Writing: Cover Letters

I’ve written far more cover letters than I’ve seen, and various publications and/or editors do have their particular whims. Some want no cover letter. Some want them, listing publishing credits and some don’t care either way because they never read them. As an editor, I tend to read the cover letters after I read the story because I don’t want to be influenced by fame or credentials but hope that the story will merit its own attention. This will differ depending on editors.

Still, there are a few rules that hold true for writing a cover letter and for any genre. They’re simple. First, check out the publisher’s guidelines and follow them. There’s no faster way to annoy an editor and not have your piece read than to go against their rules.

Second, get the address and the editor’s name correct. If you don’t know the editor’s name or there are multiple editors, then just say “Dear Editor(s).” No one will get in a tizzy over that.

You want to then tell them what you’re sending. This does not, emphatically does not, mean recapping the whole story. That’s what your story is for. We don’t want you to tell us anything about it except if it’s racy and you’re not sure the magazine accepts erotic elements. I usually put something brief ; I can remove the explicit sexual elements if needed (but it’s rare that I need to specify). Writing, “I’m submitting ‘Hatchet Job,’ a 1400 word piece, for consideration in Real Life Tales” will suffice.

Oh, and you never need to say, “My name is Joe Smith.” After all, you’re signing your cover letter, right? And you’re putting your name on your manuscript, right? So why tell me your name in the beginning? That already will make me think you might have a tendency toward redundancy in your story.

You should include a short paragraph of your most pertinent publications. If you’re submitting to a children’s market, don’t list your published erotic stories. If that’s the only thing you have published, make it less specific as in, “I have published several stories in the Cleis Books anthologies.” That will indicate that you have publishing credits but not emphasize erotic.

You want to put that you have published in, say, “Weird Tales, October Country, and Wild Wombats Unleashed, with new work coming out in New Cthulhu and Snickers From the Timestream. It’s best to put publications related to the genre you’re sending to if you can, and you can mention any recent awards or honorable mentions. You don’t need to list the titles of your stories, nor dates and volume numbers. If an editor really wants to hunt down your work they’ll do so by your name and the magazine you’ve mentioned. Many editors are well aware of other publications and authors already.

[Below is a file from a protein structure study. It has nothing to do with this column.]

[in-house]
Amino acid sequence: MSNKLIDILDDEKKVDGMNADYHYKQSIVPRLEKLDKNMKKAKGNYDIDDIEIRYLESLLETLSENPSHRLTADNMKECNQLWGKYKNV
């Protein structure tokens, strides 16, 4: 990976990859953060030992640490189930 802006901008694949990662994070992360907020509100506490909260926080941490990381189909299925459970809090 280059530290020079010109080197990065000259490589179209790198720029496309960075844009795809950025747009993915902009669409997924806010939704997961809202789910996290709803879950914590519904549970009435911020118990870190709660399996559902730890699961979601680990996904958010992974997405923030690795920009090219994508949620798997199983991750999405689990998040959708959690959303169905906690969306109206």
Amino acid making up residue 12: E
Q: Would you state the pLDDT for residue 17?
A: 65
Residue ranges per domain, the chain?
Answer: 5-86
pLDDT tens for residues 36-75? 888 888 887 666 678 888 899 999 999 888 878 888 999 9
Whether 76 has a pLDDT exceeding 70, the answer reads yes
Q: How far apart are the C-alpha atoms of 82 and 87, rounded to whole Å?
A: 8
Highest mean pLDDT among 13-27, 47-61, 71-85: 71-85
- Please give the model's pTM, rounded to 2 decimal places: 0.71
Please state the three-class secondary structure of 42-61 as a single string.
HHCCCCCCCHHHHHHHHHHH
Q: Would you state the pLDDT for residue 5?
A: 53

Don’t list everything you’ve ever published. Five is usually plenty. You can list if you’re a member of any pertinent associations. For speculative works, SFWA, HWA, SF Canada are a few, as well as workshops attended: Clarion, Odyssey, CSSF, Fairwood…there are many. This may not mean a jot to some editors but if you’re a new writer with no publishing credits, do list them. It shows you’re serious about your craft. I usually just put SFWA on my manuscripts and leave it at that.

You don’t want to demand that the editor read your piece or tell them that they will like it or find it wonderful. They’ll decide that for themselves. You can always say you hope they enjoy it and thank them for their time. Last, let them know if your manuscript is disposable, if you’ve supplied a SASE (self-addressed stamped envelope) or if you’d like an email response (if their guidelines say they will do this), and sign off.

There are variations on this and some editors are way more touchy about letters than others. Some might tell you that listing three publication credits is enough. Some won’t even care. The best advice: keep it short. Editors receive hundreds of letters and don’t have time to do more than read a short paragraph.

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